With the potential release of a next-gen Xbox, the era of disc-based Xbox consoles could soon be a thing of the past. Court documents from the Microsoft-Activision merger revealed Project ‘Brooklyn’, a new iteration of Microsoft’s flagship console with no disc tray. This model would replace the current Xbox Series X|S iterations on the market.
Opting for a completely round design, as opposed to the boxy aesthetic of current Xbox consoles, Brooklyn appears to be a fully-fledged upgrade to the Series S. The Series S lacks some of the more appealing hardware in its larger counterpart, but still offers a high-end gaming experience for a fraction of the price. According to the merger documents, this console is reportedly set to be announced this year.
However, this upcoming console isn’t the only hint that Microsoft wants to reduce the amount of new Xbox games being released on physical discs. According to Windows Central managing editor Jez Corden “Microsoft has also shut down departments dedicated to bringing Xbox games to physical retail.”
The convenience of digital games is one of Xbox’s biggest USPs, as any player can get access to the best Xbox Game Pass games without even leaving their home. The subscription service continues to add massive titles, many of them cited as the best Xbox games around, such as Forza Motorsport and Starfield.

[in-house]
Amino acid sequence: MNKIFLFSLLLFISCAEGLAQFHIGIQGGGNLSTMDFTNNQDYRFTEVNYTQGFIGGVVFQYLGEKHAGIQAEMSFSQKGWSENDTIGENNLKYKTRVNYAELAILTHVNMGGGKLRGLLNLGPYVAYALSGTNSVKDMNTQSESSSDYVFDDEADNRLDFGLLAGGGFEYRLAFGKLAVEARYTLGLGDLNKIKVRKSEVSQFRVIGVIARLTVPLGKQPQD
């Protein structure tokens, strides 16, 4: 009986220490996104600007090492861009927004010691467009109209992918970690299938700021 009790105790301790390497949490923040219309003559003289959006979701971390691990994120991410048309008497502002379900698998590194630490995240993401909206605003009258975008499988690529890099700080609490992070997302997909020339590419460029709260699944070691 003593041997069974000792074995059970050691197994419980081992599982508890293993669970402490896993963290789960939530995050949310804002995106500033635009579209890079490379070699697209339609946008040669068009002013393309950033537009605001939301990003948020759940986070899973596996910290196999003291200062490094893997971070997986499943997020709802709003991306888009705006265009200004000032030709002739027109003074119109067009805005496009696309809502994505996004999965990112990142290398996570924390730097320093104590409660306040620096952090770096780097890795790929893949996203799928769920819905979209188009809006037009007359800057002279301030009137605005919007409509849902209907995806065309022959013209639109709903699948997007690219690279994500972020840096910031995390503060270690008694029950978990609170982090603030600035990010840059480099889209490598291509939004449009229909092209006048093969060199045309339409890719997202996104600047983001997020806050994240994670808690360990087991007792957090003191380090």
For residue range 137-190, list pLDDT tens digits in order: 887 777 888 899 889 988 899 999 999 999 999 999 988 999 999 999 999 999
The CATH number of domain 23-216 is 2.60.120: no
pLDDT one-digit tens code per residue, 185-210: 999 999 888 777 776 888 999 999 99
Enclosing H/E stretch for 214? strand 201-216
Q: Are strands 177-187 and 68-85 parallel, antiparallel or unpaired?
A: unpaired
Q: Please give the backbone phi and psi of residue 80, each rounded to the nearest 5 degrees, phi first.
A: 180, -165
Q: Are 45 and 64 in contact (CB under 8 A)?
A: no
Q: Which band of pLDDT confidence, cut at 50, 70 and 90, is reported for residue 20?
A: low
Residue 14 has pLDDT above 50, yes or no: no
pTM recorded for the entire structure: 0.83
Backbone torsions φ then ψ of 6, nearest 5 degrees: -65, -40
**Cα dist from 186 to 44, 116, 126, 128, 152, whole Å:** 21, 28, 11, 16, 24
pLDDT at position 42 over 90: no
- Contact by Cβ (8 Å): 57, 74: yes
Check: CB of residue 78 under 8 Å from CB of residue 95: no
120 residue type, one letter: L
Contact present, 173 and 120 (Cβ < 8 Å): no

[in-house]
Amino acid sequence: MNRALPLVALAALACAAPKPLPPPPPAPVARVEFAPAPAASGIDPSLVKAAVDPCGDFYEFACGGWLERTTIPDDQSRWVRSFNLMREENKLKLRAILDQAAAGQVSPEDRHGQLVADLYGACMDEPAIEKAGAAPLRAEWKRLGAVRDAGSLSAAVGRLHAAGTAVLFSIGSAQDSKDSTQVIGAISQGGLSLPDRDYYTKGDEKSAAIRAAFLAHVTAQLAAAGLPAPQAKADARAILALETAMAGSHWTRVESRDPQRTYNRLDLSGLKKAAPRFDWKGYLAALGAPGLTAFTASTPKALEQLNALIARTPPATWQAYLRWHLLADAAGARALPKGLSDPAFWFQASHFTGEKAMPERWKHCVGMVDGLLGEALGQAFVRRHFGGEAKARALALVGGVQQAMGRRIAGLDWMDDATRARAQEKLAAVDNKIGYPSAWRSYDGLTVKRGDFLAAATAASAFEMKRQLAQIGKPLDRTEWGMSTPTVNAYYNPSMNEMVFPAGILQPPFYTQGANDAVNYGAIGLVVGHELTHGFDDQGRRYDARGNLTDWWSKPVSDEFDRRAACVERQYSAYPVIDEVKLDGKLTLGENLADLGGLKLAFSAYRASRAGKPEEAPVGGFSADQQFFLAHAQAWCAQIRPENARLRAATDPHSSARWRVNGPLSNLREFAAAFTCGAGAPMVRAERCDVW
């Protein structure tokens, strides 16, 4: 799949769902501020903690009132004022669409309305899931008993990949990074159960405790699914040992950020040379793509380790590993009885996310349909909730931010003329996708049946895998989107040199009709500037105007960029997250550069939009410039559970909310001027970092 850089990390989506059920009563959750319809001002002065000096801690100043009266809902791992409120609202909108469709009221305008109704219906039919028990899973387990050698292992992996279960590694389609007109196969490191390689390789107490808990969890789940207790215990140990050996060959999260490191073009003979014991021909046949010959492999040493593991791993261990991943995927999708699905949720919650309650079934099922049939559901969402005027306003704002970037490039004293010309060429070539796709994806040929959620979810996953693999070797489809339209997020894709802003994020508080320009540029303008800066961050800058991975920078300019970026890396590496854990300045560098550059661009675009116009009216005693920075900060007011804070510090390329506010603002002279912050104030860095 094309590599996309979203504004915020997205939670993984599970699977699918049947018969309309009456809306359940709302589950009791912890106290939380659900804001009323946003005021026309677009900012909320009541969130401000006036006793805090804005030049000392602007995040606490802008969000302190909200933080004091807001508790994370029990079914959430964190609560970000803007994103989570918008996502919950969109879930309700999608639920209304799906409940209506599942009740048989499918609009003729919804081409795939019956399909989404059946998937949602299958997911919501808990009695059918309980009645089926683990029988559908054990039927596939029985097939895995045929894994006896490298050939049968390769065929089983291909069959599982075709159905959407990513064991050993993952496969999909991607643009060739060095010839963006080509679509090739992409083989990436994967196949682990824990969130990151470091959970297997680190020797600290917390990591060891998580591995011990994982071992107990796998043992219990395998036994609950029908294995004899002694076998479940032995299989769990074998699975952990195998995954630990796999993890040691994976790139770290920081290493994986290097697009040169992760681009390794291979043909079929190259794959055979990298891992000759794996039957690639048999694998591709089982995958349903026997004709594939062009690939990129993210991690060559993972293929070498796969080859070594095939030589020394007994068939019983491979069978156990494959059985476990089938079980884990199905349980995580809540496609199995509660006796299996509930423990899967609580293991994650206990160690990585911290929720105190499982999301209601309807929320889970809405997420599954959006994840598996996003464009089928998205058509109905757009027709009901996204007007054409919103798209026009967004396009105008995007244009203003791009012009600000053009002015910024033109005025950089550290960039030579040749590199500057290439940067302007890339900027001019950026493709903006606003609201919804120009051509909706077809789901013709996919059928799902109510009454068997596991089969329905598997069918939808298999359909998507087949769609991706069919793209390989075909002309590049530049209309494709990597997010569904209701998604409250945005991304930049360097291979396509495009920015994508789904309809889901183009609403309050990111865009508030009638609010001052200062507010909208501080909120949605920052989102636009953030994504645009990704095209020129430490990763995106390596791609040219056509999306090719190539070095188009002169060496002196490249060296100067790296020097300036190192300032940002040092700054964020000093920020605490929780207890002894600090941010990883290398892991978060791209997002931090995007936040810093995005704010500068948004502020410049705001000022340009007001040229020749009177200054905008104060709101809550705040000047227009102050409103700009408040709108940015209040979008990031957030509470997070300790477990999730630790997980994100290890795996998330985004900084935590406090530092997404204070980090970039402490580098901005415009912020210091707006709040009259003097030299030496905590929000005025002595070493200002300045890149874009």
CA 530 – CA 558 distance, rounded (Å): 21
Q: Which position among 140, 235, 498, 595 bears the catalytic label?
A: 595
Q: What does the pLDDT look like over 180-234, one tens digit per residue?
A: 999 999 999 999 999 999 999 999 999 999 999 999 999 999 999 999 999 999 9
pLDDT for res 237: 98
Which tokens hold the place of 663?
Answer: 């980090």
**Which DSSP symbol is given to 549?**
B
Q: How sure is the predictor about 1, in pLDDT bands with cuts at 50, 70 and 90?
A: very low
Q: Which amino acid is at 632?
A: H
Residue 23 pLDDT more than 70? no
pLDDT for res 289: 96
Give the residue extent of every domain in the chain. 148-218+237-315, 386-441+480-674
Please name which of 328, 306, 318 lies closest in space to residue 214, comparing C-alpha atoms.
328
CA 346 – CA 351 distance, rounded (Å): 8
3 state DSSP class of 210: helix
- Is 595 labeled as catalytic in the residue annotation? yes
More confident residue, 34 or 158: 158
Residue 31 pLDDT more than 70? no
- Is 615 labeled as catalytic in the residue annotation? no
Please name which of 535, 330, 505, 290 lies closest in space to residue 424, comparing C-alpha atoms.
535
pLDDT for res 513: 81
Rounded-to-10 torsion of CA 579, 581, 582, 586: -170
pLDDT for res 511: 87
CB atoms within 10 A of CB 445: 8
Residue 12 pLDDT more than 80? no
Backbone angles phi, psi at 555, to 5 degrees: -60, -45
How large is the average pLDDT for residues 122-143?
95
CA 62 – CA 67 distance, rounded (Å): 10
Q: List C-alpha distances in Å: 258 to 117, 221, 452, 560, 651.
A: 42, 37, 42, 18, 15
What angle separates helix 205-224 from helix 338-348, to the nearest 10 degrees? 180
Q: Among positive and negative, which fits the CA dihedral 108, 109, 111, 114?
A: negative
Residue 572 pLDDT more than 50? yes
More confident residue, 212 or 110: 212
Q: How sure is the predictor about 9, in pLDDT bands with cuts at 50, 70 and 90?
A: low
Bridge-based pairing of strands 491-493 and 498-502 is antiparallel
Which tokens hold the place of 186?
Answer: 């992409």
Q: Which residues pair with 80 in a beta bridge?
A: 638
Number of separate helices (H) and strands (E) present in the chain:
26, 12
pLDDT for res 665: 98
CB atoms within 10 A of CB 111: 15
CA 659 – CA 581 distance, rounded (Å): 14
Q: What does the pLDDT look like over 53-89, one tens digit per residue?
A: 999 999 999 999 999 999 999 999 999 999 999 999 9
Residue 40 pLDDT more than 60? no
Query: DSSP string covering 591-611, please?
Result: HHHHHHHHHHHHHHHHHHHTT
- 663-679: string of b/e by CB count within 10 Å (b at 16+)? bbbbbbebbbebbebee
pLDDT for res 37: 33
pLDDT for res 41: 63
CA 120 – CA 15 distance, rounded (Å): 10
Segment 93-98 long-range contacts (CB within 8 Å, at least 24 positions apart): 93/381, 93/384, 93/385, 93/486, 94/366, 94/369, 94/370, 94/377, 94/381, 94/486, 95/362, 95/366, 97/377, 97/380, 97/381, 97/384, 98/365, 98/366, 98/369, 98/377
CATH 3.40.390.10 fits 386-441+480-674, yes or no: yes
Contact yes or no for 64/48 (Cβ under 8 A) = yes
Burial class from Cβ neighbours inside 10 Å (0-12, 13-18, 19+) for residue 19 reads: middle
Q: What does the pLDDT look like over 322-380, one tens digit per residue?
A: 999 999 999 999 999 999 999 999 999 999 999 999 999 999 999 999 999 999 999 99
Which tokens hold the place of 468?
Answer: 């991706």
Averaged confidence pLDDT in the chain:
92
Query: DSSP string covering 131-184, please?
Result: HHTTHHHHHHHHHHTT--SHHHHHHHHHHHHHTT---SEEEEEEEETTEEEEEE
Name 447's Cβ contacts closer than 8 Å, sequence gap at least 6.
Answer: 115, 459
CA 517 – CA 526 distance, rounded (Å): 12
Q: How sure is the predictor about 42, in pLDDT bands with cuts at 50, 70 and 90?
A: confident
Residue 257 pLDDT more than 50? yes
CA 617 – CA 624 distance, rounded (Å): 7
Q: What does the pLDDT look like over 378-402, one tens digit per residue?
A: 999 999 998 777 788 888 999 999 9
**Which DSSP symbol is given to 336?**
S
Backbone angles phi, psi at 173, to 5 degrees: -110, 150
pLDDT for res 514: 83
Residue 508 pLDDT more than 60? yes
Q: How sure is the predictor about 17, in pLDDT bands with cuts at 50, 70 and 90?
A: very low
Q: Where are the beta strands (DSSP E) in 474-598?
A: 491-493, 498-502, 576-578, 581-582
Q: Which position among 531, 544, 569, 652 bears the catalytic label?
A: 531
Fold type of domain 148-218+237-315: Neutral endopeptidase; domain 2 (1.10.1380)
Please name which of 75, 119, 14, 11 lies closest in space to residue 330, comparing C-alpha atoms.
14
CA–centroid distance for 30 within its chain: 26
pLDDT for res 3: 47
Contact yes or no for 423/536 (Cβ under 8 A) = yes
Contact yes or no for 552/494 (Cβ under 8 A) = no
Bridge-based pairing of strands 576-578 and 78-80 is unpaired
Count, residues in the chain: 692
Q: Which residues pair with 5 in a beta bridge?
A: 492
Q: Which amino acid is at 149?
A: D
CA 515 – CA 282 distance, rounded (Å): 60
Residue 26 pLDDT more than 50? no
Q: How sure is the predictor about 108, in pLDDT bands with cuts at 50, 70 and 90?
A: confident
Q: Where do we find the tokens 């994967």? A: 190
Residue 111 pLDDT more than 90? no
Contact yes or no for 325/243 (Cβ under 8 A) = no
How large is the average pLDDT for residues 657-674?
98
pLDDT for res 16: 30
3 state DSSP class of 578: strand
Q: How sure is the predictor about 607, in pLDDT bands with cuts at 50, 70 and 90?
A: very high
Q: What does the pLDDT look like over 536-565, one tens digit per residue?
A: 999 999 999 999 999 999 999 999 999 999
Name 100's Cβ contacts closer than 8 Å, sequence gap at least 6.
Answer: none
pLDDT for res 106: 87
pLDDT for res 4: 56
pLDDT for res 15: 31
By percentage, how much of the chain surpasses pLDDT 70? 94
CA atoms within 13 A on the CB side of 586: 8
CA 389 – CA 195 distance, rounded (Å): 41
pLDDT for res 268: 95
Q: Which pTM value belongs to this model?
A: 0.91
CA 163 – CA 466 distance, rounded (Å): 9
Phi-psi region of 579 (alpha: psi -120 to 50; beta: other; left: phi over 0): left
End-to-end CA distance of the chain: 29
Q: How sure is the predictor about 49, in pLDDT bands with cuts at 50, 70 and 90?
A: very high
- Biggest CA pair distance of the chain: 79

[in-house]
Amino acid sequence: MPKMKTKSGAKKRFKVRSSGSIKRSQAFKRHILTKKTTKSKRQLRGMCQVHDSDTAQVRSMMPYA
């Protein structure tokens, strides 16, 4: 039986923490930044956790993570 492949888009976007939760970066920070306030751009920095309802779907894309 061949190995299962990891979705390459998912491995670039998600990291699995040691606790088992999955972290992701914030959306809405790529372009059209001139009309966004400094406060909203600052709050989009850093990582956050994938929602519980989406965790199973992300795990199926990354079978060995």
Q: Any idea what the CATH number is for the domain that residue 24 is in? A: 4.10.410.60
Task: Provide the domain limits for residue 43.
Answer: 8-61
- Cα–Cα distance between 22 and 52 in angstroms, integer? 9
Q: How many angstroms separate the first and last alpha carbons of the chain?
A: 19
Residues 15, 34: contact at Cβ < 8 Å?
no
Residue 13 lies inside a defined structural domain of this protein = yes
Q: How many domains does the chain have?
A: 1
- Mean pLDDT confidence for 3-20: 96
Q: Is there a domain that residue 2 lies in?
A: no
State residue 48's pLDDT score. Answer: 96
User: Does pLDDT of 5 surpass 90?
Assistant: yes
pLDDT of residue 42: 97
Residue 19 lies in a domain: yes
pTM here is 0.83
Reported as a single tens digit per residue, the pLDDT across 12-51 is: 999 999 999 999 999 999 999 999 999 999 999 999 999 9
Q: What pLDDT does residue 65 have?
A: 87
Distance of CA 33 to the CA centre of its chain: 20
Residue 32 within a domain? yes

It will also benefit from the arrival of Indiana Jones and the Great Circle later this year, which is confirmed to be a day-one Game Pass title. Furthermore, tiers like Game Pass Ultimate offer sturdy competition for PS Plus, including third-party additions like EA Play. This is only set to increase now that the Microsoft-Activision merger is complete, as mammoth franchises like Call of Duty are likely to have entries eventually made available at no extra charge.
However, while the future of Xbox is looking decidedly digital, hope for physical release isn’t completely thrown out of the window. The reduction to Xbox’s physical departments is disheartening, but it doesn’t rule out disc-based releases for the future. Microsoft can still rely on other parties to manufacture its games for retail stores.